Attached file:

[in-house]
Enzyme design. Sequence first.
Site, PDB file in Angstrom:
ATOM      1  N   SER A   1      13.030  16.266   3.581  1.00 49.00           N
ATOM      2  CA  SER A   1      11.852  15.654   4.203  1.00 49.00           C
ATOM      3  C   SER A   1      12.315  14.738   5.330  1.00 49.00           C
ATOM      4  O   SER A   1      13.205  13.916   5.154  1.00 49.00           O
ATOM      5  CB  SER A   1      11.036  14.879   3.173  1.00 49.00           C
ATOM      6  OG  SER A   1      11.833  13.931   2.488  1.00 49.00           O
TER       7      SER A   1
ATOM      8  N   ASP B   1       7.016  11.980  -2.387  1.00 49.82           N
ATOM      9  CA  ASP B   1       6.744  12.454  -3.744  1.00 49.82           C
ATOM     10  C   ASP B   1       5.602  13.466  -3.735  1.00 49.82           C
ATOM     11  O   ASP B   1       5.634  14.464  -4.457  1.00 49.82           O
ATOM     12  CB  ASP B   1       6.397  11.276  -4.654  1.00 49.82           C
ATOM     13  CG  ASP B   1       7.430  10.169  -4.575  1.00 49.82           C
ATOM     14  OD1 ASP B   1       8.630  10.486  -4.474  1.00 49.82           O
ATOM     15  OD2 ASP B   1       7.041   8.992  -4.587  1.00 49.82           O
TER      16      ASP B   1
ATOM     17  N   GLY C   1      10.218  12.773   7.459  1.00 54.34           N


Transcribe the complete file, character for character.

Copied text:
[in-house]
Enzyme design. Sequence first.
Site, PDB file in Angstrom:
ATOM      1  N   SER A   1      13.030  16.266   3.581  1.00 49.00           N
ATOM      2  CA  SER A   1      11.852  15.654   4.203  1.00 49.00           C
ATOM      3  C   SER A   1      12.315  14.738   5.330  1.00 49.00           C
ATOM      4  O   SER A   1      13.205  13.916   5.154  1.00 49.00           O
ATOM      5  CB  SER A   1      11.036  14.879   3.173  1.00 49.00           C
ATOM      6  OG  SER A   1      11.833  13.931   2.488  1.00 49.00           O
TER       7      SER A   1
ATOM      8  N   ASP B   1       7.016  11.980  -2.387  1.00 49.82           N
ATOM      9  CA  ASP B   1       6.744  12.454  -3.744  1.00 49.82           C
ATOM     10  C   ASP B   1       5.602  13.466  -3.735  1.00 49.82           C
ATOM     11  O   ASP B   1       5.634  14.464  -4.457  1.00 49.82           O
ATOM     12  CB  ASP B   1       6.397  11.276  -4.654  1.00 49.82           C
ATOM     13  CG  ASP B   1       7.430  10.169  -4.575  1.00 49.82           C
ATOM     14  OD1 ASP B   1       8.630  10.486  -4.474  1.00 49.82           O
ATOM     15  OD2 ASP B   1       7.041   8.992  -4.587  1.00 49.82           O
TER      16      ASP B   1
ATOM     17  N   GLY C   1      10.218  12.773   7.459  1.00 54.34           N